Take to the tractor if you can’t get baby to sleep

At 8pm, which happens to be “acid hour” for Alex, a truck carrying four pallet loads of calf feed arrived. The calf feed comes in unsealed bulk bags and forecast drizzle would wreck it, so the stuff had to be moved to shelter before long.

I was singing “Pop goes the Weasel” for the millionth time and Wayne had fallen asleep cuddling Zoe.

Wayne had told the feed guy it was okay to deliver late but when push came to shove, he couldn’t be woken despite repeated attempts. On the other hand, Alex couldn’t sleep. The only thing to do was put on the baby carrier and jump in the tractor.

Milk Maid Marian and baby Alex brush up their loader skills

Alex and I brush up our loader skills

But, jeepers, it took me forever and I was like a jack in the box, checking and double-checking I wasn’t skewering a bag in the pitch black driveway. Alex was fast asleep by the time I had the first pallet loaded up though and I might just blow stockfeed Scott a kiss for the unconventional but effective baby soothing lesson.

Night-time feed delivery

All done!

Accursed trough crashes through again but the kids triumph

A wisecrack of a boss once told me that photocopiers can sense human stress levels and know exactly when to break down. So it is with troughs.

Alex was beginning to squirm with annoyance in the carrier on my chest and it was past Zoe’s dinner time as we headed home after setting up paddocks in the late evening sun. Then, a minor catastrophe.

A laneway trough with water gushing over the edge couldn’t be left until the morning and this was no simple task of adjusting the float, which is usually the case with this infamous trough. It was properly busted.

Trouble at the trough

This trough is always causing trouble Pic credit: Zoe

A little brass pin that holds the float arm in the valve had failed. Now the big question: can you fix a water trough with a baby in a front carrier without unintentionally baptising the poor little fellow? Sorry Alex. No, you can’t.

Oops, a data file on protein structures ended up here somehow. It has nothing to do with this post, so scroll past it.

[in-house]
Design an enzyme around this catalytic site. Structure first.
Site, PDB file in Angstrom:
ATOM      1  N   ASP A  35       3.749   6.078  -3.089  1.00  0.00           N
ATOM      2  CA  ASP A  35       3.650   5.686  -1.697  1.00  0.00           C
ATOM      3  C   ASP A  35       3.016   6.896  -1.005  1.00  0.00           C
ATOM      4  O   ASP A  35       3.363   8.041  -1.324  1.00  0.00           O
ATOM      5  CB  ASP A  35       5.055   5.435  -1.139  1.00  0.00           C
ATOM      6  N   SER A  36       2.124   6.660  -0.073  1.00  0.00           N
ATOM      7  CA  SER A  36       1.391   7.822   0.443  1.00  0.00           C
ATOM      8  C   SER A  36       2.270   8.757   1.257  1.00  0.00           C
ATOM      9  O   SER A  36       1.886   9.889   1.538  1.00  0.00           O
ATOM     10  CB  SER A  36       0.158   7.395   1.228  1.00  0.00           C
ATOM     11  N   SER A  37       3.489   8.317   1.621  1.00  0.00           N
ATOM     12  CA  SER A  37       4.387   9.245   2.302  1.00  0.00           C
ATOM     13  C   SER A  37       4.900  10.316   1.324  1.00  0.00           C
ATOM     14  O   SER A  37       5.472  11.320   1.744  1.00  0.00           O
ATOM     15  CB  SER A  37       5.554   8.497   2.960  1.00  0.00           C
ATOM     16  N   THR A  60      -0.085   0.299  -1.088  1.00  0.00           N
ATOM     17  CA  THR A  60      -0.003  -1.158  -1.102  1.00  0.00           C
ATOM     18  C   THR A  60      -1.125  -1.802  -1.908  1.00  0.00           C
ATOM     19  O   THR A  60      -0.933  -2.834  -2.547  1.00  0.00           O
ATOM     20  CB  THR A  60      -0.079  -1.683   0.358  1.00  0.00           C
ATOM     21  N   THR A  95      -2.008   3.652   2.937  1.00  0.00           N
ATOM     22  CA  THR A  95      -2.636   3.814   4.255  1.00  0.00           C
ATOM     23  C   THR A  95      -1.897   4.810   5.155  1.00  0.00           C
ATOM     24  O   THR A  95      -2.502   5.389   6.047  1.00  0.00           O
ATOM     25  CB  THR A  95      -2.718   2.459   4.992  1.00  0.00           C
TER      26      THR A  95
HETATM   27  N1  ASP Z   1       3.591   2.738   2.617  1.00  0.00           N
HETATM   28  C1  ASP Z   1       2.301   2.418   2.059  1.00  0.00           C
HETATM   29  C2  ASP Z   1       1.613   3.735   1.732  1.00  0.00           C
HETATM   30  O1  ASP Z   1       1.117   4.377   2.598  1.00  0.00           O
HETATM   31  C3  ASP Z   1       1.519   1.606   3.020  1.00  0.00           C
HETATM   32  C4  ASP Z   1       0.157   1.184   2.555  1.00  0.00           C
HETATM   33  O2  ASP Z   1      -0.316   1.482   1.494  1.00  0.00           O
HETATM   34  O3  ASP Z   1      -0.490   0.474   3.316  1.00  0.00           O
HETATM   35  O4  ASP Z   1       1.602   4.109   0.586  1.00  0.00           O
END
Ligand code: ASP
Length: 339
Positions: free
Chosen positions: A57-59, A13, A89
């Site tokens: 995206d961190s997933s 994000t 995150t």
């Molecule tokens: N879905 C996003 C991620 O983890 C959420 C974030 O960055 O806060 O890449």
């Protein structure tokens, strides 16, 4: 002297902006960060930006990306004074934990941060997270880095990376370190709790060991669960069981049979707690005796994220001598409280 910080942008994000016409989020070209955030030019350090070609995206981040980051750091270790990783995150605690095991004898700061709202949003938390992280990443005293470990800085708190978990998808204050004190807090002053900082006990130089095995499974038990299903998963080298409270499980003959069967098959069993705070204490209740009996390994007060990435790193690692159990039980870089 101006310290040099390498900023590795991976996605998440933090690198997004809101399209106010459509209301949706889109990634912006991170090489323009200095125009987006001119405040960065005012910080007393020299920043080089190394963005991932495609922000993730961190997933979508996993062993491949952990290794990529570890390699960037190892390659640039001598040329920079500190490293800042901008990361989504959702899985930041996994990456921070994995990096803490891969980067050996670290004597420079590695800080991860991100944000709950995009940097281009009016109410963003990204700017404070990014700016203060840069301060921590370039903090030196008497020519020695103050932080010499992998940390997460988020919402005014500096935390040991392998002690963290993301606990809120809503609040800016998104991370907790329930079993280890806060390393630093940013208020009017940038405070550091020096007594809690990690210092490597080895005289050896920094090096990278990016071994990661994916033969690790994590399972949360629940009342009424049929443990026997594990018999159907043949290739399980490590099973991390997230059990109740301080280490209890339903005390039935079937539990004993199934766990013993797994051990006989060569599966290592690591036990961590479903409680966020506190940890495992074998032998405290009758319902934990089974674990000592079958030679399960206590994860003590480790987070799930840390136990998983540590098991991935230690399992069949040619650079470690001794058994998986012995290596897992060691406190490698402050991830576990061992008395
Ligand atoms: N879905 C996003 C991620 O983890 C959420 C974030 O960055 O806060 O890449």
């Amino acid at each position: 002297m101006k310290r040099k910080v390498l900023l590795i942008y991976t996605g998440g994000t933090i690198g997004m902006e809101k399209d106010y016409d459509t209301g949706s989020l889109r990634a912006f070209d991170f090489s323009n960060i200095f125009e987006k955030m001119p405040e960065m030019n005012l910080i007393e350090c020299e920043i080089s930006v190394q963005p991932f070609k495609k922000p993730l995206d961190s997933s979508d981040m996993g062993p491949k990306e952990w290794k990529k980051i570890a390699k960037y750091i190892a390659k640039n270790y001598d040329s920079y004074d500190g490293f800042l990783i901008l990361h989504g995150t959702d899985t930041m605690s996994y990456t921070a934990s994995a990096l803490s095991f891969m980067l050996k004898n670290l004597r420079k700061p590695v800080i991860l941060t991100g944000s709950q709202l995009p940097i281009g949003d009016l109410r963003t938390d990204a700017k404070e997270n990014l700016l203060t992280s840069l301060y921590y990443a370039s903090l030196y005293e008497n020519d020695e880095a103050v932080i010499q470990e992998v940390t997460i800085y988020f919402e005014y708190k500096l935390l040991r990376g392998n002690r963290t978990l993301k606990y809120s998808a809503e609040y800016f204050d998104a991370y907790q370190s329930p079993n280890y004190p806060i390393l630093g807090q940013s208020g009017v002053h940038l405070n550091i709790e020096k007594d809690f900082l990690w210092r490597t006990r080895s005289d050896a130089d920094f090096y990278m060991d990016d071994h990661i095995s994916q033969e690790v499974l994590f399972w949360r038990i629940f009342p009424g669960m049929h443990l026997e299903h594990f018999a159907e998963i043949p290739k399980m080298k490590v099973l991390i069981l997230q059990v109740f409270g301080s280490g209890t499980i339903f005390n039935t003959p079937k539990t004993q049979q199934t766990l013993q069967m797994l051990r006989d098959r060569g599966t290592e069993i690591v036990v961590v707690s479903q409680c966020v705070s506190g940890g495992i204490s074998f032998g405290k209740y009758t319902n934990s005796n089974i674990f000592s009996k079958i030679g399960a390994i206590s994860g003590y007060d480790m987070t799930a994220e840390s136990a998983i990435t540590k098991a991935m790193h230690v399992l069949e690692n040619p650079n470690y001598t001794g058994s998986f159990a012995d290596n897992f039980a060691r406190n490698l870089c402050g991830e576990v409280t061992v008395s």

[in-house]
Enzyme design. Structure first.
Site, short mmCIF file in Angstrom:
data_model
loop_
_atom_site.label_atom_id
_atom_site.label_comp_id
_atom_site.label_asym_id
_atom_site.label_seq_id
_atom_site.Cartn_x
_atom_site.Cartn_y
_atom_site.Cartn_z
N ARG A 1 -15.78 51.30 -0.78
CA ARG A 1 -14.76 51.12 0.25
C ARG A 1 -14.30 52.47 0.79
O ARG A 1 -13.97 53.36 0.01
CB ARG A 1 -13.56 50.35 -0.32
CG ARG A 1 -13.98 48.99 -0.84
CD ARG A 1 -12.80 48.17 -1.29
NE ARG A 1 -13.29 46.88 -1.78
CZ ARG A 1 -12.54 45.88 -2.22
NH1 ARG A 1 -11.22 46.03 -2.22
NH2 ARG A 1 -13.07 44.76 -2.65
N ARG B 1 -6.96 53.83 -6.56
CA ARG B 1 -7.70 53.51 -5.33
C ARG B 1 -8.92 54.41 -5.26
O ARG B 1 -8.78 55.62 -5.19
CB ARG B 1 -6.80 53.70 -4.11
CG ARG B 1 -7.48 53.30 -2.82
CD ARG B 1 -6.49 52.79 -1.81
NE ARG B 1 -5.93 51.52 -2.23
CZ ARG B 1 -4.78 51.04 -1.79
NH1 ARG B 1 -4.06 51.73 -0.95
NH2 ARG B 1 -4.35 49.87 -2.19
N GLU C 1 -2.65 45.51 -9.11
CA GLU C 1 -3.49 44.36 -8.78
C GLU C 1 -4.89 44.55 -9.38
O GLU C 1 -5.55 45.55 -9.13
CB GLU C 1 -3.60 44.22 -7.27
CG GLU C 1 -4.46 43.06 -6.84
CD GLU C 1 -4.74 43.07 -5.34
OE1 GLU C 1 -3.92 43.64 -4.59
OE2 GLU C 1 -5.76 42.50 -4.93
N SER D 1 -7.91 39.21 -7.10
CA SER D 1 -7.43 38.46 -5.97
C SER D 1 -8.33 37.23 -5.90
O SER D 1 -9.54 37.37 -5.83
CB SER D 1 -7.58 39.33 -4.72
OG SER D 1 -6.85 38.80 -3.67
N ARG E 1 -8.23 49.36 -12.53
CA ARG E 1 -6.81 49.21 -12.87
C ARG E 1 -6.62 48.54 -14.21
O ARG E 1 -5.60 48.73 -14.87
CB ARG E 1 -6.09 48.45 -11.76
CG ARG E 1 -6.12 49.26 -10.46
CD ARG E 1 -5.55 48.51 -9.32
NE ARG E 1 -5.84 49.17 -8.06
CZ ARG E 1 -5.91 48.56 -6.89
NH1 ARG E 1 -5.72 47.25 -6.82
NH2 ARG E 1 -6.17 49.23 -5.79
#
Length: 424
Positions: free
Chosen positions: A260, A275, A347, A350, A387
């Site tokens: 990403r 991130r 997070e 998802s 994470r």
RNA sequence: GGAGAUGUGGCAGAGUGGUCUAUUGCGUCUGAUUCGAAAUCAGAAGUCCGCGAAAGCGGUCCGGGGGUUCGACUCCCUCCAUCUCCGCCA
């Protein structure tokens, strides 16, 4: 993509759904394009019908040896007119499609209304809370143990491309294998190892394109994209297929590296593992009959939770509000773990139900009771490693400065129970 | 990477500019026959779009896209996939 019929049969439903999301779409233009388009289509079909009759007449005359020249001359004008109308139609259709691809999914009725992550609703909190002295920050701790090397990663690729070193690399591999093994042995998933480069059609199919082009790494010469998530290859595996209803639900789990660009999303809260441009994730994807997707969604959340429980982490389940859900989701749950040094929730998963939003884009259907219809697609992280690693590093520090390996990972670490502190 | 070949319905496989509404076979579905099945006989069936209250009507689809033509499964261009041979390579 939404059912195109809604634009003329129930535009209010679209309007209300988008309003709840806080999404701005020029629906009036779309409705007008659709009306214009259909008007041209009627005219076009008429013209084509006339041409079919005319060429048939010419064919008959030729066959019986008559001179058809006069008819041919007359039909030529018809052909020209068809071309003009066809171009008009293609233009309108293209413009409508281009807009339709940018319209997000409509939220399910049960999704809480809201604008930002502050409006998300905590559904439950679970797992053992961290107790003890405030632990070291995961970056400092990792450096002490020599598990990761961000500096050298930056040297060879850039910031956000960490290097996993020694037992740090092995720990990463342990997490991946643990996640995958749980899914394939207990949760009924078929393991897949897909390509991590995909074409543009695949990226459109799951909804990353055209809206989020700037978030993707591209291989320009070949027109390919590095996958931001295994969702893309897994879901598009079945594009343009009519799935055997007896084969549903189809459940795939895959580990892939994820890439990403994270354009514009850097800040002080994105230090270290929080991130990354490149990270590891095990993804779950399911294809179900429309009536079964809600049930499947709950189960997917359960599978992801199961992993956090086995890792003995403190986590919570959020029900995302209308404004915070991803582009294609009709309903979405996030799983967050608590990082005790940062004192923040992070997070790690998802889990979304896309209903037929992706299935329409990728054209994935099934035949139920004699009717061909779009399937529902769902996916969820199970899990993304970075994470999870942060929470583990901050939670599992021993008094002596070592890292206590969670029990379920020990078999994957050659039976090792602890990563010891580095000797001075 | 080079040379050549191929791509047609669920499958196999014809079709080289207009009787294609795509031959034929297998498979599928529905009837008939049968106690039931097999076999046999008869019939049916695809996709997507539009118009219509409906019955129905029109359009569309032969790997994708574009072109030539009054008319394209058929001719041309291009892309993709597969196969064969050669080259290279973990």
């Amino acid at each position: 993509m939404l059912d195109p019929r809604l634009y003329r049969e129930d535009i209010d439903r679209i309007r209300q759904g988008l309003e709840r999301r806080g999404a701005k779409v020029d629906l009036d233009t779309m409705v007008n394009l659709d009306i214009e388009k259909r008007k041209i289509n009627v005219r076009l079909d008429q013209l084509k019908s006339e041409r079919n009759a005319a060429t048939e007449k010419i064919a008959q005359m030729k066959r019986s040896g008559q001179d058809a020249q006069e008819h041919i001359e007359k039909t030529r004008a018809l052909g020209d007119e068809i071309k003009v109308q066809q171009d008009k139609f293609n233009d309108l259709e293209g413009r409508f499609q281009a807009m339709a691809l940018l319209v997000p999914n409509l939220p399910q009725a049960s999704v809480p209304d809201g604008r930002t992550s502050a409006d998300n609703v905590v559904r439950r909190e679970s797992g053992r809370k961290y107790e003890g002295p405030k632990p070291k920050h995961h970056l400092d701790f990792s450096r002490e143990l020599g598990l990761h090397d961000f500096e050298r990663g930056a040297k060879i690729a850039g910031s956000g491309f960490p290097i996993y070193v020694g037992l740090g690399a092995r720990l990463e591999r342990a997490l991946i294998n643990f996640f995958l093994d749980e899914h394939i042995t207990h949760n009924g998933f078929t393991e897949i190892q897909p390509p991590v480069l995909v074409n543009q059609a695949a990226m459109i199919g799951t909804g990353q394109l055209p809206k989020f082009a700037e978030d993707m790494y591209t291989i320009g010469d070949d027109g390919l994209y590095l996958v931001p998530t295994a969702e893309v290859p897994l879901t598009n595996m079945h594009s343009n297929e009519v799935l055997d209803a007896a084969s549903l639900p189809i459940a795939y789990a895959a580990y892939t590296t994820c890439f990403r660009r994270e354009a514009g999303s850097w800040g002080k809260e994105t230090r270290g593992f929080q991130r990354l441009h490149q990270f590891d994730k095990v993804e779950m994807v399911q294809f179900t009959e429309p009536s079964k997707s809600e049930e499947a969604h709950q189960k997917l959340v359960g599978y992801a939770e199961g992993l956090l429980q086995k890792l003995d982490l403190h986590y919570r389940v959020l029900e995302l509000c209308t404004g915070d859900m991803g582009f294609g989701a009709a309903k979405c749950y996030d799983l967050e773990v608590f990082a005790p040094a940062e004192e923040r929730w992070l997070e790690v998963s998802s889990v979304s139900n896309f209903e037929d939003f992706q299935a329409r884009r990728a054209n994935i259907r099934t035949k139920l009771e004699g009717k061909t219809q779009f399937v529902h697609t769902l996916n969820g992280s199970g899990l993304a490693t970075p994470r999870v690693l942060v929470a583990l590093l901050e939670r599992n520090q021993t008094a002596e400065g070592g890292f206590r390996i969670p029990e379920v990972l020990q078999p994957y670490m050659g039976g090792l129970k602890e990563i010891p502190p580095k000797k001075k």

The only thing for it was to take him off, put him down in the paddock and see whether Zoe’s charms could keep him entertained while a much more slimline me could do a bushies’ repair.

Zoe entertains Alex Spanish style

Zoe entertains Alex Spanish style

A couple of minutes later, here was the rather rustic repair:

Bushy's trough repair

Bushy's trough repair - not proud of it but it works!

And the end result? Alex squealing with delight at Zoe’s matador antics and dinner delayed by just 10 minutes! Now, if only I could work out what that trough has against me…

Farming with a baby in the summer sun

Keeping a baby safe, cool and protected from the sun while doing farm work is something of a challenge. And we all know how farmers rise to a challenge, equipped with hay band, tape and either WD40 or silicone!

In my case, it was half a dozen paper lunch bags taped onto the top of the baby carrier to form a “verandah” of sorts that got the fashionistas talking. I’ve since moved on and think I have achieved perfection.

Peeping out of a baby carrier

Peeping out

Some of Wayne’s old XXL cotton shirts have been seconded for a noble mission and you can see the result in the pic above. I just put one of these oversize shirts on over my singlet and the carrier and do up the bottom few buttons. Little man can be nudie rudie under the shirt and safe from the stinging sun.

Sun protection is equally as important for Zoe, who has just got a new hat and sunnies for summer (yes, I know it’s not strictly summer quite yet but it sure feels like it!).

Zoe in new farm hat and sunnies

Slip, slop, slap and splash with the yard hose makes for a cool farm girl

One woman down just when the farm (and the man) needs her

Fix fence with baby on board

Fix fence with baby on board

I’ve agonised over this post but, as a neighbour reminded me, it’s important to let non-farmers hear what life’s really like on farm, warts and all. And the wart-encrusted truth is that, right now, my frustration is matched only by the desperation of my husband.

He hasn’t been back to the house for a break since he left at 5am. Since then, he’s rounded up, milked, washed up, fed the calves, fed out 60kg of grain to the springers, fed four rolls of silage to the milkers and another three to the dry and young ones, rescued a sick cow, buried a still-born calf, and with our help, brought in a new calf and cow. He still has to muck out the calf pens before rounding up again at 3pm. It’s 1.50 as I type.

Still on doctor’s orders not to lift anything, plus a five-week-old strapped to my front and a five-year-old beside me, the list of things I must not do is far, far longer than the list of things I can. I’ve been doing the finances while feeding Alex, fixing fences, working out pasture rotations and shifting stock. Nothing like my normal contribution or even what I did during late pregnancy. Not enough to make a dent on my husband’s workload. Not enough to avert a creeping sense of failure.

The rational me alternates between the compassionate “you’re doing everything you can” and the sterner “just get on with it” stiff upper lip. We’ve faced tougher tests and will get  through this one but if anyone thinks life on the land is cruisy, think again.